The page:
Late Night Snacks: No. 9 Iowa State, two other ranked teams fall

Leave a comment

GAME OF THE DAY: No. 6 Wichita State 72, Missouri State (OT) 

Wichita State trailed by as many as 19 points in the second half but Gregg Marshall’s team refused to lie down, with Fred VanVleet scoring 12 of the Shockers’ final 13 points to cap the comeback. Cleanthony Early tallied 22 points and 14 rebounds to lead the way for Wichita State, which is now 17-0 on the season.


1) Oklahoma 87, No. 9 Iowa State 82

And then there were four. Oklahoma knocked the Cyclones from the ranks of the unbeaten on Saturday afternoon, with Buddy Hield leading four double-digit scorers with 22 points and Ryan Spangler posting a 16-point, 15-rebound double-double. DeAndre Kane scored 23 points to lead all scorers but Iowa State shot just 6-for-26 from beyond the arc. And of greater concern with a game against No. 18 Kansas scheduled for Monday night is the sprained ankle suffered by Kane in the game’s final minute.

2) Clemson 72, No. 16 Duke 59 

The Blue Devils dropped to 1-2 in ACC play with a disappointing loss at Clemson, with K.J. McDaniels being the best player on the floor. The Clemson wing accounted for 24 points, ten rebounds and three blocks on the afternoon, and defensively the Tigers limited Duke to 33.9% shooting from the field. Next up for Duke: a home game Monday night against Virginia.

3) No. 10 Florida 84, Arkansas 82 (OT)

With leading scorer Casey Prather out due to swelling in his knee Florida’s trip to Fayetteville became even tougher, and they needed a late basket from Scottie Wilbekin to force overtime before winning in the extra session. Wilbekin would score 18 off the bench and Dorian Finney-Smith added a game-high 22 to go along with 15 rebounds to lead the way for the Gators. Rashad Madden led four Razorback starters in double figures with 23 points.


1) D.J. Balentine (Evansville)

Balentine played all 40 minutes in Evansville’s 75-69 win at Southern Illinois, scoring 33 points to go along with six rebounds and five assists.

2) Alan Williams (UCSB)

Williams posted 33 points and 15 rebounds in the Gauchos’ 72-64 loss to Cal Poly.

3) Patrick Miller (Tennessee State) 

Miller tallied 37 points, seven assists, four rebounds and three steals in the Tigers’ 98-97 loss to Southeast Missouri State.


1) N.C. State

The Wolfpack shot 28.9% in their 76-45 home loss to Virginia, with leading scorer T.J. Warren limited to four points on 1-for-9 shooting.

2) UL Monroe

The Warhawks shot 26.4% from the field in their 61-36 home loss to Texas State, scoring just nine points in the second half.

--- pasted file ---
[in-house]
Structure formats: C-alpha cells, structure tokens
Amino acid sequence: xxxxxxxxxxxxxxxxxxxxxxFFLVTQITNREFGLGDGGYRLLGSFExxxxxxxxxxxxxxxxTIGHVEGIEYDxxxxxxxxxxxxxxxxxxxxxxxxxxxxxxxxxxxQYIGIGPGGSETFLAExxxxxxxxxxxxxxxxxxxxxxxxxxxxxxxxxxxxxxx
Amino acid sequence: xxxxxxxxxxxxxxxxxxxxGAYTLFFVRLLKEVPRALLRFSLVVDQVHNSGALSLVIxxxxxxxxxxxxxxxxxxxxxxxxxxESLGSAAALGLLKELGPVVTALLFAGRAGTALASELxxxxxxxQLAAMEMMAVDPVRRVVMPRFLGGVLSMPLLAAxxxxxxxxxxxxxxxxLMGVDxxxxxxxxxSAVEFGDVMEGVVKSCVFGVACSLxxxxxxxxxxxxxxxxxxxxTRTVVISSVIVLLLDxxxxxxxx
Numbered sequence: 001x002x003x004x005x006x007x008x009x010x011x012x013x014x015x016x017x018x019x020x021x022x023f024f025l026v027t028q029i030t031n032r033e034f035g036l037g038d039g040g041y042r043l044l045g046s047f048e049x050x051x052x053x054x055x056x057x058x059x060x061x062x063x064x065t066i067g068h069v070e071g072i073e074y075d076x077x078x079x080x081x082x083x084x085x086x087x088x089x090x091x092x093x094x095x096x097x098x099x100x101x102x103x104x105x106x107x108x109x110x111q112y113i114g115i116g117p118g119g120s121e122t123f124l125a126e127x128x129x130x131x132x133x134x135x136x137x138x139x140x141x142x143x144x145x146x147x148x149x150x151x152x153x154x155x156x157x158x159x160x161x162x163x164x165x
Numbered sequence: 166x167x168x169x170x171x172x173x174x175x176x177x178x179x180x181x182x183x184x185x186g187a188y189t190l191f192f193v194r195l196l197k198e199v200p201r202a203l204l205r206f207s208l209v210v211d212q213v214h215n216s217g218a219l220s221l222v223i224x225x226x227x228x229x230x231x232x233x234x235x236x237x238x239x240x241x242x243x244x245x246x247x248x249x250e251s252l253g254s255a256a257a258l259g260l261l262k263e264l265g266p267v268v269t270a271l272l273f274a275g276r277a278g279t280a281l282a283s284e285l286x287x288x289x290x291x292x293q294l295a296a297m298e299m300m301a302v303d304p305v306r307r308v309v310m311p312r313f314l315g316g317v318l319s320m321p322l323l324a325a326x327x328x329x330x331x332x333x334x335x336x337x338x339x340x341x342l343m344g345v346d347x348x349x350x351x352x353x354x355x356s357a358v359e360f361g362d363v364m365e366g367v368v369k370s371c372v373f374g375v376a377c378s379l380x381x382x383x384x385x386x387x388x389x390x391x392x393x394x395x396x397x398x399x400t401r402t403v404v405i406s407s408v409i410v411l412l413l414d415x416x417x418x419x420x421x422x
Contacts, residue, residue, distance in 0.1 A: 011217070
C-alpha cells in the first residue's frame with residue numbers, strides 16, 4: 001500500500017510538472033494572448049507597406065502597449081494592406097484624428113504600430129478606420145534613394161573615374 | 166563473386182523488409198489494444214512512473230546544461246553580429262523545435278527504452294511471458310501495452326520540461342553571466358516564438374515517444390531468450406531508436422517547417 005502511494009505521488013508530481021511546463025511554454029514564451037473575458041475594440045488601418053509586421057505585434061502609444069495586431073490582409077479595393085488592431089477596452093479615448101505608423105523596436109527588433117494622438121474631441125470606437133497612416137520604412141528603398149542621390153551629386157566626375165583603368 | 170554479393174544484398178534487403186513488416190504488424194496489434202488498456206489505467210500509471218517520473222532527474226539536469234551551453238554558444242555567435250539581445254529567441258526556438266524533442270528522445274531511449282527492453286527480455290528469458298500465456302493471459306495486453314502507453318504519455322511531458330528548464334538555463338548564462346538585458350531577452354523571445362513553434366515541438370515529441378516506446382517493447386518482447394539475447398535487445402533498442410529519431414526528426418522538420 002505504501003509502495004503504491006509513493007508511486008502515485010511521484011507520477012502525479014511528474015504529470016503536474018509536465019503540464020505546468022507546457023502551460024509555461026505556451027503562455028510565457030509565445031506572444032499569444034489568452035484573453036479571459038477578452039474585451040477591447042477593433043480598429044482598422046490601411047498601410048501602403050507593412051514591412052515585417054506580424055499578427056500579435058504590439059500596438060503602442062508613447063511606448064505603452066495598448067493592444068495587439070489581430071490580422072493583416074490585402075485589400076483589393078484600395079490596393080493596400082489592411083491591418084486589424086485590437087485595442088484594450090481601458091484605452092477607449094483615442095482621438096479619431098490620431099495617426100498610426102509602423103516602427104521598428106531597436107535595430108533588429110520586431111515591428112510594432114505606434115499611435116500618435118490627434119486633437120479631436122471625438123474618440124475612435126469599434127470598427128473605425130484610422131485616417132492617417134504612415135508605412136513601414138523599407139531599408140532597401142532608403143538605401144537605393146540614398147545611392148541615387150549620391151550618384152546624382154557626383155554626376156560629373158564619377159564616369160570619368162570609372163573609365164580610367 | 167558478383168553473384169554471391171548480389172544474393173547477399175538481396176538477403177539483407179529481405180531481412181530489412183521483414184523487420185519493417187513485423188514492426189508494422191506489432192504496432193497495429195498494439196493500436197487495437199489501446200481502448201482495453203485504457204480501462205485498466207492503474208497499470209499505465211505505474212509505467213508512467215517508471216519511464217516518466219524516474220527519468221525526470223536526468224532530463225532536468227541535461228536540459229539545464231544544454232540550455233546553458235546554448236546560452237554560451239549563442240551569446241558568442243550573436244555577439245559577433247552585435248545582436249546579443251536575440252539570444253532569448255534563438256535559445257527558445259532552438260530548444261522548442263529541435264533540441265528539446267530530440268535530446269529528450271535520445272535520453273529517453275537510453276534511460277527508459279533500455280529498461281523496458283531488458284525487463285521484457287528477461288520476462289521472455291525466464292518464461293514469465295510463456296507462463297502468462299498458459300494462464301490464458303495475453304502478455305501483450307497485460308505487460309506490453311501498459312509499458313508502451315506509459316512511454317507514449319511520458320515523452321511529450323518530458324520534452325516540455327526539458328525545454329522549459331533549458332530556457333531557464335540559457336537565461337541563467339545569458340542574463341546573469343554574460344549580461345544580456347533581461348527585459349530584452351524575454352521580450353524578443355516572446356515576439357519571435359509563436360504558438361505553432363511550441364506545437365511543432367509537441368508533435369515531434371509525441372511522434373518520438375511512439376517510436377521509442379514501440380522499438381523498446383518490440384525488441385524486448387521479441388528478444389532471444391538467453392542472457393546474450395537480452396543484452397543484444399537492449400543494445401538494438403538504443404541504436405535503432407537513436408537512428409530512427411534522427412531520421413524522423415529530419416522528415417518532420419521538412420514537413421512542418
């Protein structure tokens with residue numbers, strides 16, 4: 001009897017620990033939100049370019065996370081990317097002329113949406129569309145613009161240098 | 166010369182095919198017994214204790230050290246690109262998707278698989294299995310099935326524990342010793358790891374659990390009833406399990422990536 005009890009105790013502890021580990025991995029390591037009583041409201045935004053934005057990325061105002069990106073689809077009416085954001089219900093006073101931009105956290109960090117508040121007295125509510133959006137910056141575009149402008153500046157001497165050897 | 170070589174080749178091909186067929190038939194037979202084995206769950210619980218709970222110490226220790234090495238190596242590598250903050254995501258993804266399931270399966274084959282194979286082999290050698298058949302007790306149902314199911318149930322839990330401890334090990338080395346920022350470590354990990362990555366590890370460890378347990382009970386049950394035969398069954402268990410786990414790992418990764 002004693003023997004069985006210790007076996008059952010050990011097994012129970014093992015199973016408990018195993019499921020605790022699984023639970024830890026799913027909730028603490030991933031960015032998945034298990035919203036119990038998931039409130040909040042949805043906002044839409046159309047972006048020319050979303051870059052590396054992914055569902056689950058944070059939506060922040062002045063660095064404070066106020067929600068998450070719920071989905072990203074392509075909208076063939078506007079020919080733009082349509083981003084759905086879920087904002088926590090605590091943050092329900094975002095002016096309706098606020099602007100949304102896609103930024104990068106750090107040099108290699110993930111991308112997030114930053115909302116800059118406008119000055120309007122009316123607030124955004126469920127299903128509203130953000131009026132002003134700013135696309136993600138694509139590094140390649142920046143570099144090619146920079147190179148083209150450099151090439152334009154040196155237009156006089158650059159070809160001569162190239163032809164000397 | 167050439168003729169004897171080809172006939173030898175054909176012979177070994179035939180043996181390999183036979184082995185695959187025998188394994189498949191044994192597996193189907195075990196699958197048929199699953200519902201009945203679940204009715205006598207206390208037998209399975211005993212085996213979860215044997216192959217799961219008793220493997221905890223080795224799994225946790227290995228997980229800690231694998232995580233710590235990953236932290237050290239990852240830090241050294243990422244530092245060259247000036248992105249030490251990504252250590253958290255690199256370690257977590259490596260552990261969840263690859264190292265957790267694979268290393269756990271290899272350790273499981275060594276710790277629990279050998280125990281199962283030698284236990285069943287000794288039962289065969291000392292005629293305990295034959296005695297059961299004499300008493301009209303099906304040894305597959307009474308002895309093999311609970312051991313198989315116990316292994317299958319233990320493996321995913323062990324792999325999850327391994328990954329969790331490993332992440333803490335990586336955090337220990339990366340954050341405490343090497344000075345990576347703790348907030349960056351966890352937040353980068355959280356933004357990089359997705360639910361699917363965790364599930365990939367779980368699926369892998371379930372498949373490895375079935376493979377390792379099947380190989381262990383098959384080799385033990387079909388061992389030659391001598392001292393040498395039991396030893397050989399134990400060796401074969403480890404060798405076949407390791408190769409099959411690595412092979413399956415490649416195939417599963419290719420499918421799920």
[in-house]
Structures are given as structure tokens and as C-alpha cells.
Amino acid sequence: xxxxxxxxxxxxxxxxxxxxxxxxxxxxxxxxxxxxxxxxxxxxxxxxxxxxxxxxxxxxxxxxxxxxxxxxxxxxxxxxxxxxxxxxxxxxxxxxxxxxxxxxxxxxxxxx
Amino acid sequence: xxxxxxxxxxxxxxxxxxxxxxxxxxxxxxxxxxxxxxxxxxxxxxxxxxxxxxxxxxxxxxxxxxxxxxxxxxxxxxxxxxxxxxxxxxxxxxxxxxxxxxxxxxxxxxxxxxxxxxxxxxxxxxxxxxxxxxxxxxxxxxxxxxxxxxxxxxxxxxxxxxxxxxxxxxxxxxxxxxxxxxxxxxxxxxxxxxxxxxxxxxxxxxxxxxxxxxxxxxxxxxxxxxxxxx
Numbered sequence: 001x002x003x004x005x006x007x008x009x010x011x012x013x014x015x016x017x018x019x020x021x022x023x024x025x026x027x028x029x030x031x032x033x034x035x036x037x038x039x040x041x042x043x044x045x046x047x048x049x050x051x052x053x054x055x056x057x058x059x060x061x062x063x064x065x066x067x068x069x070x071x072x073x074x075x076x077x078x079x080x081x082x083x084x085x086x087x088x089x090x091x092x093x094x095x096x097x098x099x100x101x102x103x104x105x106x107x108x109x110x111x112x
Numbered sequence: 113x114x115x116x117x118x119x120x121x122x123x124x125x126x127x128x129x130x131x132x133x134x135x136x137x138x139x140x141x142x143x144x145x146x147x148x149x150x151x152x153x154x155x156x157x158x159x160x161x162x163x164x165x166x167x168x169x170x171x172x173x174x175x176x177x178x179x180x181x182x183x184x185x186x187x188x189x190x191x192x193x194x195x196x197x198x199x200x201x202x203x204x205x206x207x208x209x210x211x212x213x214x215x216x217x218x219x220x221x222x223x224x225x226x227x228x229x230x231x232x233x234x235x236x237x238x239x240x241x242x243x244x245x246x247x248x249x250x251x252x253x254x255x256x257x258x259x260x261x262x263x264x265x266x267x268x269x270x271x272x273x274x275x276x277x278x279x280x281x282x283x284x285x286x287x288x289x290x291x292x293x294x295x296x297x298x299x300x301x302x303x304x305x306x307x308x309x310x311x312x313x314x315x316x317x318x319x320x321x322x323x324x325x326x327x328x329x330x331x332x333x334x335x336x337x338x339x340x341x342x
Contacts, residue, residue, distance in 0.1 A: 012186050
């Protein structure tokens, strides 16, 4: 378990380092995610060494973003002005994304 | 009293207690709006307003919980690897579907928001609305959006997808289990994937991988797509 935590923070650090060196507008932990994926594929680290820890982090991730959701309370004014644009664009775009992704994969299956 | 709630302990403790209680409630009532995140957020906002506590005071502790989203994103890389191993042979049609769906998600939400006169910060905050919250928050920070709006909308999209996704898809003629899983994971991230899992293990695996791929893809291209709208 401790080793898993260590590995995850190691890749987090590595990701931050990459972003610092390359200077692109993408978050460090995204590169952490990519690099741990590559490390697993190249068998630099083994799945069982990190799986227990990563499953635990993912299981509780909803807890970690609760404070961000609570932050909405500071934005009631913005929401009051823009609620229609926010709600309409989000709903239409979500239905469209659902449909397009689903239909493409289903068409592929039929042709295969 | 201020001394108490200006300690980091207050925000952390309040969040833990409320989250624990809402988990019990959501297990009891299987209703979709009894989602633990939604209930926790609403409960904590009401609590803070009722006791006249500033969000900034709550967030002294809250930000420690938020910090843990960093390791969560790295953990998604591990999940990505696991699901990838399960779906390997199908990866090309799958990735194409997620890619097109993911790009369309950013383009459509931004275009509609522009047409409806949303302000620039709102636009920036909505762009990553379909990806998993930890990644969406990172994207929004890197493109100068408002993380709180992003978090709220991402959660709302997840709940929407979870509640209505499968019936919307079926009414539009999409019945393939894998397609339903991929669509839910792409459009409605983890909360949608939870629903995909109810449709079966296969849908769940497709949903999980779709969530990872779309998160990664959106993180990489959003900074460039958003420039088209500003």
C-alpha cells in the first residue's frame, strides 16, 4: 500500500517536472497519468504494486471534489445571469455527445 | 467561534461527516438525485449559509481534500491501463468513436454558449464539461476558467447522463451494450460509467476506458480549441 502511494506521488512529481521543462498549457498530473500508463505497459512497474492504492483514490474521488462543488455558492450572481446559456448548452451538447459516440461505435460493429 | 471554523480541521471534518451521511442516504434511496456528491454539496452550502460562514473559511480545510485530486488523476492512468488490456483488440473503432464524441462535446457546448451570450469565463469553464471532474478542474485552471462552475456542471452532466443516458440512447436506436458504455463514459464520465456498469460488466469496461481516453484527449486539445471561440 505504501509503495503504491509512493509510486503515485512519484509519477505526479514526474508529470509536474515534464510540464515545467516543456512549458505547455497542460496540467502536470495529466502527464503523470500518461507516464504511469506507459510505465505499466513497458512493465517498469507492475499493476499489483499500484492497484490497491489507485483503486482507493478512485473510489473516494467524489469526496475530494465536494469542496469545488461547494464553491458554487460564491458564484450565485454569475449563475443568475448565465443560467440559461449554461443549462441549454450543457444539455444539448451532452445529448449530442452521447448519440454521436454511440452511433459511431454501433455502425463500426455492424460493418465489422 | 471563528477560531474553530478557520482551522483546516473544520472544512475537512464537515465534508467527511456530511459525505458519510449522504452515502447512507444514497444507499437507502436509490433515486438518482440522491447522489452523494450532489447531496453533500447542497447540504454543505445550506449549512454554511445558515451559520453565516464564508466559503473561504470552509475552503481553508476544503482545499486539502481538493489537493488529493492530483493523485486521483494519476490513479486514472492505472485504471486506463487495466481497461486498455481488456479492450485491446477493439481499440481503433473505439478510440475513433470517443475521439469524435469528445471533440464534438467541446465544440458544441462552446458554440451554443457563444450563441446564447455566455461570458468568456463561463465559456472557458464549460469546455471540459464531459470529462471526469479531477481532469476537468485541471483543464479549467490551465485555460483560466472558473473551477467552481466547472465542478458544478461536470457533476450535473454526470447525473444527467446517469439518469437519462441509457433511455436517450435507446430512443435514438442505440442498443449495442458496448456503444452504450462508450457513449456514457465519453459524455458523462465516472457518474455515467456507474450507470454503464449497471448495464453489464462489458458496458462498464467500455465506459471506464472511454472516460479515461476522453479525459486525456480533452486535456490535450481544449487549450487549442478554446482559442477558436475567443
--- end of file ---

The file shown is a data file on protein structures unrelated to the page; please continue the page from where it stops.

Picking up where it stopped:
3) Albany

Shot 29.8% from the field and finished with more turnovers (18) than made field goals (14) in their 68-38 loss at Vermont.


  • Markel Brown’s three-pointer with 11 seconds remaining proved to be the difference as No. 11 Oklahoma State won 73-72 at West Virginia. Brown hadn’t made a three-pointer in nearly a month.
  • With Adreian Payne sidelined with a foot injury No. 5 Michigan State needed overtime to beat Minnesota, with Keith Appling and Gary Harris combining to score 43 points in the Spartans’ 86-75 victory.
  • No. 18 Kansas rolled in-state rival No. 25 Kansas State 86-60 in Lawrence, with Andrew Wiggins scoring 22 points and Wayne Selden adding 20 for the victors.
  • A Markel Starks three-pointer forced overtime for Georgetown in its game at Butler, with the Hoyas winning 70-67 at Hinkle Fieldhouse. The result drops the Bulldogs to 0-4 in Big East play.
  • Texas A&M came back from a 14-point deficit to win 57-56 at Tennessee, with an Antwan Space three-pointer with 4.4 seconds remaining giving the Aggies their lone lead of the game.
  • Cole Huff scored 16 points and Deonte Burton added 14 as Nevada moved to 4-0 in Mountain West play with their 62-54 win over Utah State.
  • Justin Cobbs scored all 20 of his points in the second half to lead Cal to an 88-83 win at Oregon State. The win moved Cal to 3-0 in Pac-12 play, and this is the first time since 1957 that the Golden Bears have opened league play with three road wins since 1957.
  • A Larry Nance Jr. basket with 1.6 seconds remaining gave Wyoming a 52-50 win at Boise State.
  • With 11:40 remaining in the game BYU led Loyola Marymount 60-58. Final score: BYU 91, LMU 68, with Tyler Haws scoring 31 points to lead the way.